INScore is an environment for the design of interactive, augmented music scores.
It's an open source project that runs on the main platforms (Mac OSX, Windows, Linux). The system is designed to be controled using OSC messages. Music scores can be dynamically designed using any OSC capable application, but also using a scripting language, based on a textual version of OSC, extended to support advanced programming features.
INScore is running on MacOS X, Windows and Linux.
20 stations running Windows will be provided. They will be equiped with INScore and PureData. Headphones will be provided (but not for all stations).
You can bring your own computer as well. In this case, it's better to download and install INScore before the workshop.
You should also have an environment that is "OSC friendly" installed on your computer (typically Max/MSP or PureData).
If you plan to run INScore on a Linux computer, contact me before the workshop.
The workshop is organized and presented by Dominique Fober and Richard Hoadley.
See the Organizers section for more information.
The workshop presentations are now available as pdf files:
Dominique Fober has both a scientific and musical background. He is doing computer music research at Grame - National Center for Music Creation based in Lyon, France - for over 20 years. His research is concerned mainly with software architecture for real-time music systems, languages for musical composition, and music notation and representation systems. He has created, as author or joint author, many musical systems and programs. His most recent work focuses on the extension of the music score, with the aim of covering the needs of the contemporary music creation as well as those of technology enhanced music pedagogy. His approach of the music notation has been turned into the INScore environment that he's developping since 2009.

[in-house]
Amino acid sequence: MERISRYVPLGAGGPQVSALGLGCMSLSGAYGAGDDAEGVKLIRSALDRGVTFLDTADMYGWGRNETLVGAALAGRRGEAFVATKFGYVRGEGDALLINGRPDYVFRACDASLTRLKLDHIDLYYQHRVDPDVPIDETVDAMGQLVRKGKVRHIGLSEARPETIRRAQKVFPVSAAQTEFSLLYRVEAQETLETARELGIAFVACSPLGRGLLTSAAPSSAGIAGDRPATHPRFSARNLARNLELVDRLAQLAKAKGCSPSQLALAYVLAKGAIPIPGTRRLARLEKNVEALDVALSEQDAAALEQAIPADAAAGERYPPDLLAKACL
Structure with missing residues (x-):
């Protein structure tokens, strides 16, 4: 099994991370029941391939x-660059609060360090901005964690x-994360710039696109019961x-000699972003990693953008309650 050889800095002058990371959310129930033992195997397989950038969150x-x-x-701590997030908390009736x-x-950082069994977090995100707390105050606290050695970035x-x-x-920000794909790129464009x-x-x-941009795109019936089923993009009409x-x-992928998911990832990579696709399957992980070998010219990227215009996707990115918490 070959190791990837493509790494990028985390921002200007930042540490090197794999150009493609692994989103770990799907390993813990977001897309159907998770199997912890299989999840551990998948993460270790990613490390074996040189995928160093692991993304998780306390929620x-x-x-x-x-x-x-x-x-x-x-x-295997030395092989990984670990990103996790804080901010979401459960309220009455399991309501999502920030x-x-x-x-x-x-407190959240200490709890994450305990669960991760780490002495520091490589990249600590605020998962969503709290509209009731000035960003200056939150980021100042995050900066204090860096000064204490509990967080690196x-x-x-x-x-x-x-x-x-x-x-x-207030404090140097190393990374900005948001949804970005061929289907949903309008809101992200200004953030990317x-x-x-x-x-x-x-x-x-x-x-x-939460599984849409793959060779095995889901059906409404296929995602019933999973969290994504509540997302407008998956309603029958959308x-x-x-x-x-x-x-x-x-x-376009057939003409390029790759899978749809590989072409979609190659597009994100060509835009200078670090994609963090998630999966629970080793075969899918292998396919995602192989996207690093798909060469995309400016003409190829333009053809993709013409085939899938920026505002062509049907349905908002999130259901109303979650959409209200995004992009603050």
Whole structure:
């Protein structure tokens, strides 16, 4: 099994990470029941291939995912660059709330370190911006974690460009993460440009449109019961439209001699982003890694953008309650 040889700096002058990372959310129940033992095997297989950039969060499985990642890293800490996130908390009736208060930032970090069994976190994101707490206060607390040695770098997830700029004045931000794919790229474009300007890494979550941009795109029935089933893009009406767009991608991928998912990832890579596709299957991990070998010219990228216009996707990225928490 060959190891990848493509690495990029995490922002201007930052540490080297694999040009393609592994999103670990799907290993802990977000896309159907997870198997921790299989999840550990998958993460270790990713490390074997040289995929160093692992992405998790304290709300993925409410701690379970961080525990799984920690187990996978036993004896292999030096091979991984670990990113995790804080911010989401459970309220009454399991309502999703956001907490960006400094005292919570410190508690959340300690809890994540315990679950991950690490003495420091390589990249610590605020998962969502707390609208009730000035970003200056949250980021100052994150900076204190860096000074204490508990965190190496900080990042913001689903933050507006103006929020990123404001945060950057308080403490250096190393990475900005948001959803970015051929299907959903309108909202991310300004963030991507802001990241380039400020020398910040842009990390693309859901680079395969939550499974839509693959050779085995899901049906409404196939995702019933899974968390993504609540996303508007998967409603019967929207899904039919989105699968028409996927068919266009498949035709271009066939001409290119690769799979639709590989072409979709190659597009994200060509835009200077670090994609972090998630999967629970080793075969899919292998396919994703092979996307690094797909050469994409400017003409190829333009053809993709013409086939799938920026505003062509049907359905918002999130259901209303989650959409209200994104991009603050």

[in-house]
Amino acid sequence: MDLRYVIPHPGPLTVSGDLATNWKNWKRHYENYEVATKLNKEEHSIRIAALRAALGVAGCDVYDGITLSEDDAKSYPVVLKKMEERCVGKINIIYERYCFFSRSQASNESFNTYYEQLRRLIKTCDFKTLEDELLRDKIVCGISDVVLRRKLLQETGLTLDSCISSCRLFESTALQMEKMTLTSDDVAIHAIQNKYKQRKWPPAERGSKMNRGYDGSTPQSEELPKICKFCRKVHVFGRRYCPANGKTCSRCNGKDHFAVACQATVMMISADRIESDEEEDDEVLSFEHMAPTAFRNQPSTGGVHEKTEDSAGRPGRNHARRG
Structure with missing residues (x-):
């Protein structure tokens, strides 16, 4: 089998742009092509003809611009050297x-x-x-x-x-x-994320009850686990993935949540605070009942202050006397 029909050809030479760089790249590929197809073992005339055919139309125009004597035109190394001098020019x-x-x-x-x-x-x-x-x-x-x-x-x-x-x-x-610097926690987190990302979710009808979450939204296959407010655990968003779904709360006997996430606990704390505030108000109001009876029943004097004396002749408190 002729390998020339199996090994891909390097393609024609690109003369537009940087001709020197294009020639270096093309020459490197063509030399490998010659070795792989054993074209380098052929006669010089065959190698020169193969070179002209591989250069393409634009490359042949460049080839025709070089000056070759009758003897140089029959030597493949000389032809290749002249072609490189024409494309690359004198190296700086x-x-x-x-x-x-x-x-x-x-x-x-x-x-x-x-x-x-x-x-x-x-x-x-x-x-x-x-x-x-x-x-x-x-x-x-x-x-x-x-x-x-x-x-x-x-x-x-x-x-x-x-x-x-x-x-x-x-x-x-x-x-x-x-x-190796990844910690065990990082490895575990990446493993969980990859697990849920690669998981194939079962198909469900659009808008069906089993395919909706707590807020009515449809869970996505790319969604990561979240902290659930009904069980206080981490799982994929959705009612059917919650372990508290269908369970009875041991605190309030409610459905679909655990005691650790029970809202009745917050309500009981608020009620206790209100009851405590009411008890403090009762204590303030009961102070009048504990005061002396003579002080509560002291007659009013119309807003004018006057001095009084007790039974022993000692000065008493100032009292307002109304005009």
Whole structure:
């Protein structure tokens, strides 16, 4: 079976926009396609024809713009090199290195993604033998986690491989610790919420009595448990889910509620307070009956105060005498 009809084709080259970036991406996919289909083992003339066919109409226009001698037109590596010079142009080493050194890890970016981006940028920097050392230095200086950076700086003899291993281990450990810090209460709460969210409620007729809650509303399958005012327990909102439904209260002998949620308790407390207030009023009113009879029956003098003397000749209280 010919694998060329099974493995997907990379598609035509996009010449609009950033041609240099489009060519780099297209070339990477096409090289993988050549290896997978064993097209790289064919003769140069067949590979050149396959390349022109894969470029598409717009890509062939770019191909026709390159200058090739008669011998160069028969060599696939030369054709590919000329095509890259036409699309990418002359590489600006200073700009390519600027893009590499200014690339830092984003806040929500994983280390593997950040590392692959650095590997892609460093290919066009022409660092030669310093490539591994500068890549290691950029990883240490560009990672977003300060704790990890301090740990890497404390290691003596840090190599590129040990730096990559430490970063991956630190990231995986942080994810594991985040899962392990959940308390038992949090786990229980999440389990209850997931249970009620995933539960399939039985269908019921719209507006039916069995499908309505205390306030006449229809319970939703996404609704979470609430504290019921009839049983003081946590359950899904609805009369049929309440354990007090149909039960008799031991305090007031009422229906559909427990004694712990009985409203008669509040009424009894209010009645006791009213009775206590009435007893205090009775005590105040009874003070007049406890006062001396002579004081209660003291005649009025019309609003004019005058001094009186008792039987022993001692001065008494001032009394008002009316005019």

In recent years Richard Hoadley has composed using his own systems of physical computing and algorithmic generation which together make original compositions in real-time. He has developed a number of devices which investigate and facilitate physical interactions with musically expressive algorithms for installations, performances (including dance) and therapeutic environments. 'Calder's Violin' included methods for the live presentation of algorithmically generated music notation. In 'Quantum Canticorum' and ‘Semaphore’ physical movement and algorithms combine with live notation in simultaneous performances of cross-domain expression.